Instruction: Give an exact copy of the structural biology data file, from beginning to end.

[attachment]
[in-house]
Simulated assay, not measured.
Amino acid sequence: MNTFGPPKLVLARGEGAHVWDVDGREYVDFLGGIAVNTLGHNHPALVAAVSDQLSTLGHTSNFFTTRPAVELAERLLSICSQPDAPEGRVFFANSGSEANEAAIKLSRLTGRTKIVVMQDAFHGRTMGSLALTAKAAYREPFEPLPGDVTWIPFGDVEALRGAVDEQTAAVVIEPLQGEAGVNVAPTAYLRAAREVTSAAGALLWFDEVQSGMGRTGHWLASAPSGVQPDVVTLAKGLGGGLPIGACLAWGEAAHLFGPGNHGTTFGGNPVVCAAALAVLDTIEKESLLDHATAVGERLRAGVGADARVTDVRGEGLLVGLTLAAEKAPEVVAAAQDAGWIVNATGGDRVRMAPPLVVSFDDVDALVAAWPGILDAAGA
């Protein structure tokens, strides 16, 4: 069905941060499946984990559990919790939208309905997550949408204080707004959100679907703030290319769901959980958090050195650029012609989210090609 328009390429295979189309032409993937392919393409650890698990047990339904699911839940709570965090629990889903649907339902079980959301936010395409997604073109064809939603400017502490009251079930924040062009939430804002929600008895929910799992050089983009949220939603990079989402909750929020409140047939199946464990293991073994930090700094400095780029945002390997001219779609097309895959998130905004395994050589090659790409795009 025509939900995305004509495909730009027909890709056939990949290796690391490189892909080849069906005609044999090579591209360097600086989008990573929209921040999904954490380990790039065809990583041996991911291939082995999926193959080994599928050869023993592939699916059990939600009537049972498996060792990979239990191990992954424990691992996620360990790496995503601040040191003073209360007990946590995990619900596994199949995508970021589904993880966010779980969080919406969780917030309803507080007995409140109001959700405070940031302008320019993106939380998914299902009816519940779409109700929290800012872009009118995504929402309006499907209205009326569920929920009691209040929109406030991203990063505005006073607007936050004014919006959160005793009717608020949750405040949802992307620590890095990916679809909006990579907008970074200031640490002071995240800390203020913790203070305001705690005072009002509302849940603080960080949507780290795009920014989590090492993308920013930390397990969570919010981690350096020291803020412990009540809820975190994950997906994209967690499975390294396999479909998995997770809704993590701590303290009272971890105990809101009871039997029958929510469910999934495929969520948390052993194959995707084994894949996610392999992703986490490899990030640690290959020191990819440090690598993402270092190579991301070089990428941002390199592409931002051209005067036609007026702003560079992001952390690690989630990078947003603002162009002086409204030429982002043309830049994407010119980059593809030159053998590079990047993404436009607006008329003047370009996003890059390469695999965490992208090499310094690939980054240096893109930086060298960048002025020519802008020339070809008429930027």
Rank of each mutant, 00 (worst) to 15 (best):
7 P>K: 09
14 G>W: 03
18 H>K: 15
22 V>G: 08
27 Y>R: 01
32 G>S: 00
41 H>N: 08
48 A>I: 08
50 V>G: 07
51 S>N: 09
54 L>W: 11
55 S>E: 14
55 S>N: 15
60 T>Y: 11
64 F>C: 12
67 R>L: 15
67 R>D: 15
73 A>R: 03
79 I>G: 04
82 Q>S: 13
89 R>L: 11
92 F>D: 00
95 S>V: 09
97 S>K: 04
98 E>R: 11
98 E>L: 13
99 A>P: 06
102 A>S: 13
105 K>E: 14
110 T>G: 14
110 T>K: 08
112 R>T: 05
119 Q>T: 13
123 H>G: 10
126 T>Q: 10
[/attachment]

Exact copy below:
[in-house]
Simulated assay, not measured.
Amino acid sequence: MNTFGPPKLVLARGEGAHVWDVDGREYVDFLGGIAVNTLGHNHPALVAAVSDQLSTLGHTSNFFTTRPAVELAERLLSICSQPDAPEGRVFFANSGSEANEAAIKLSRLTGRTKIVVMQDAFHGRTMGSLALTAKAAYREPFEPLPGDVTWIPFGDVEALRGAVDEQTAAVVIEPLQGEAGVNVAPTAYLRAAREVTSAAGALLWFDEVQSGMGRTGHWLASAPSGVQPDVVTLAKGLGGGLPIGACLAWGEAAHLFGPGNHGTTFGGNPVVCAAALAVLDTIEKESLLDHATAVGERLRAGVGADARVTDVRGEGLLVGLTLAAEKAPEVVAAAQDAGWIVNATGGDRVRMAPPLVVSFDDVDALVAAWPGILDAAGA
């Protein structure tokens, strides 16, 4: 069905941060499946984990559990919790939208309905997550949408204080707004959100679907703030290319769901959980958090050195650029012609989210090609 328009390429295979189309032409993937392919393409650890698990047990339904699911839940709570965090629990889903649907339902079980959301936010395409997604073109064809939603400017502490009251079930924040062009939430804002929600008895929910799992050089983009949220939603990079989402909750929020409140047939199946464990293991073994930090700094400095780029945002390997001219779609097309895959998130905004395994050589090659790409795009 025509939900995305004509495909730009027909890709056939990949290796690391490189892909080849069906005609044999090579591209360097600086989008990573929209921040999904954490380990790039065809990583041996991911291939082995999926193959080994599928050869023993592939699916059990939600009537049972498996060792990979239990191990992954424990691992996620360990790496995503601040040191003073209360007990946590995990619900596994199949995508970021589904993880966010779980969080919406969780917030309803507080007995409140109001959700405070940031302008320019993106939380998914299902009816519940779409109700929290800012872009009118995504929402309006499907209205009326569920929920009691209040929109406030991203990063505005006073607007936050004014919006959160005793009717608020949750405040949802992307620590890095990916679809909006990579907008970074200031640490002071995240800390203020913790203070305001705690005072009002509302849940603080960080949507780290795009920014989590090492993308920013930390397990969570919010981690350096020291803020412990009540809820975190994950997906994209967690499975390294396999479909998995997770809704993590701590303290009272971890105990809101009871039997029958929510469910999934495929969520948390052993194959995707084994894949996610392999992703986490490899990030640690290959020191990819440090690598993402270092190579991301070089990428941002390199592409931002051209005067036609007026702003560079992001952390690690989630990078947003603002162009002086409204030429982002043309830049994407010119980059593809030159053998590079990047993404436009607006008329003047370009996003890059390469695999965490992208090499310094690939980054240096893109930086060298960048002025020519802008020339070809008429930027």
Rank of each mutant, 00 (worst) to 15 (best):
7 P>K: 09
14 G>W: 03
18 H>K: 15
22 V>G: 08
27 Y>R: 01
32 G>S: 00
41 H>N: 08
48 A>I: 08
50 V>G: 07
51 S>N: 09
54 L>W: 11
55 S>E: 14
55 S>N: 15
60 T>Y: 11
64 F>C: 12
67 R>L: 15
67 R>D: 15
73 A>R: 03
79 I>G: 04
82 Q>S: 13
89 R>L: 11
92 F>D: 00
95 S>V: 09
97 S>K: 04
98 E>R: 11
98 E>L: 13
99 A>P: 06
102 A>S: 13
105 K>E: 14
110 T>G: 14
110 T>K: 08
112 R>T: 05
119 Q>T: 13
123 H>G: 10
126 T>Q: 10